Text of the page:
A good propane supply plan is an indispensable tool for Steve Haines, who’s in charge of southern region petroleum and propane purchasing and supply for Sunrise Cooperative in Ohio. It has helped him confidently supply cooperative customers as their business has grown from covering just two counties when he started there 25 years ago to the current 30-county trade area.
“We’ve gotten here by putting emphasis on delivering value,” he says. “If a customer is just looking to save a few pennies, we don’t chase after the business. Our core customers understand they get more than just propane from us. They get reliability, service when they need it through our auto-fill program, a choice of buying mechanisms to help control price, and dependability, with regular tank safety inspections.”
Eric Brandt, CHS Propane account manager who has worked with him for more than 15 years, attributes the cooperative’s success in propane to Haines’ management approach. “Two of Steve’s strengths are that he regularly communicates with me and he really uses his supply plan,” says Brandt. “The original plan that he develops every April is a baseline to work from, but it’s a living document that he routinely updates. We communicate frequently to do that.
“Steve also understands that supply commitments need to be a two-way street, and our buying is based on what our customers say they need,” he adds. “Suppliers are better able to perform for their customers when there is regular communication between the two.”
Haines says there are several keys to reducing propane supply risk:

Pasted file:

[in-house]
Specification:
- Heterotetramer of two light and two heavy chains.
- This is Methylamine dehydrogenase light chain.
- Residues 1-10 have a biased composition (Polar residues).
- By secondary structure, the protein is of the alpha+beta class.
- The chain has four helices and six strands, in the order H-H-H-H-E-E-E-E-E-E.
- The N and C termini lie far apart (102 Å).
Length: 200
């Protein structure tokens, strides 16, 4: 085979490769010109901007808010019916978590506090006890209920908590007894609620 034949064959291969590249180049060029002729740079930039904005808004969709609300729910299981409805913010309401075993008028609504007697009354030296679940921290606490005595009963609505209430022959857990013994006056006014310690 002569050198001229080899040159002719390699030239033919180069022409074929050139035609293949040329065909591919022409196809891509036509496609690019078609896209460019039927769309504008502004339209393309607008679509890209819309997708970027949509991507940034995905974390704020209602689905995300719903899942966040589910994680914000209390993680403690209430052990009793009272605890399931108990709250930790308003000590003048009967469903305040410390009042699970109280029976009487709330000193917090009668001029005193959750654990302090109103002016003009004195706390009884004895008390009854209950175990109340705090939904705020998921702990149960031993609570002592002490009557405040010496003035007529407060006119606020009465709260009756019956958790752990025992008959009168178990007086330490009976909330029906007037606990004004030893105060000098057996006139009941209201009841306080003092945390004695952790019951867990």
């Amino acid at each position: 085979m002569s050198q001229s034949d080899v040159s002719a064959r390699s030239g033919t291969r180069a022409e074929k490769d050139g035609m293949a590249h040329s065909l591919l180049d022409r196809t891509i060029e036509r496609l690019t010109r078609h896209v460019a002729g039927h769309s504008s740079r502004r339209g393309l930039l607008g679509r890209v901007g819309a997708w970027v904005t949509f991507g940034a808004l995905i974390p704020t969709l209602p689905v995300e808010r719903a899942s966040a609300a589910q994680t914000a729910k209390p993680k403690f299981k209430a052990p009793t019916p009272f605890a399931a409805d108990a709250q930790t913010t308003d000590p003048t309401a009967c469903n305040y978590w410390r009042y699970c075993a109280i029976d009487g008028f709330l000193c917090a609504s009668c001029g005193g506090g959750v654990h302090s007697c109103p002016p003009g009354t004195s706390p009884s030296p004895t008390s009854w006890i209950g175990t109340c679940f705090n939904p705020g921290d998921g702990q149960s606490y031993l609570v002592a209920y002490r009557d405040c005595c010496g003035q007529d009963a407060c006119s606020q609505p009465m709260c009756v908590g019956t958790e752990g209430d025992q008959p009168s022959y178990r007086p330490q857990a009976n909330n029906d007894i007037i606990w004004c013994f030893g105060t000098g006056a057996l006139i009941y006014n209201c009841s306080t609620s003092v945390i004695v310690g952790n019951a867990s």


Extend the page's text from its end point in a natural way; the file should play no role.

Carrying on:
Work with dependable suppliers. For Haines, this tops the list. He says he regularly works with three to four suppliers, but views his relationship with Brandt as a partnership. “We’ve worked together a long time and there’s transparency between us. I understand the narrow margins he often works with, and the risk he takes if he’s not able to move product he’s committed to buying.”
Haines also depends on Brandt for market intelligence and industry insights. “That helps me maintain a big-picture view of broader events that could be shaping our industry.”
One example he points to is infrastructure changes within the United States that will more easily allow for the export of propane, which could put more pressure on suppliers. “That’s why when it comes to making changes to our supply plan, I try to treat our suppliers with the same consideration I’d like our customers to show us.”
Use dependable terminals. Your suppliers are a good source of information here and can help you determine which terminals are moving greater volumes and are generally more reliable, he says. “It shouldn’t be just about price.”
Consider adding storage. One of the best ways to reduce supply risk is to have more on-site storage. Haines says Sunrise Cooperative has more than doubled its propane storage since 2014.
Invest in consumer tank monitors. Having no major supplies issues in recent years is something Haines attributes, in large part, to the cooperative investing in consumer tank monitors. “They take a lot of the guesswork out of managing supply.”
Include transportation. There can be plenty of gas at a terminal but it won’t do you any good if you can’t get it transported to the plant, he notes. “For that reason we sometimes buy higher-priced gas in the winter because it’s closer.” Maintaining good relationships with carriers is important, and so is including that factor in your supply planning process.
Stick to your plan. At times it takes discipline to follow the plan and not chase after lower prices in the summer, or from a less reliable source, adds Haines. “It’s not always about getting the absolute lowest price but having a reliable supply for your customers. That’s how you deliver value.”
Propane marketers should work with their CHS account managers to discuss how supply planning may help you be more prepared for next winter. Marketers not currently partnering with CHS propane can learn more by visiting CHS Propane Insights or by calling 1-800-852-8184.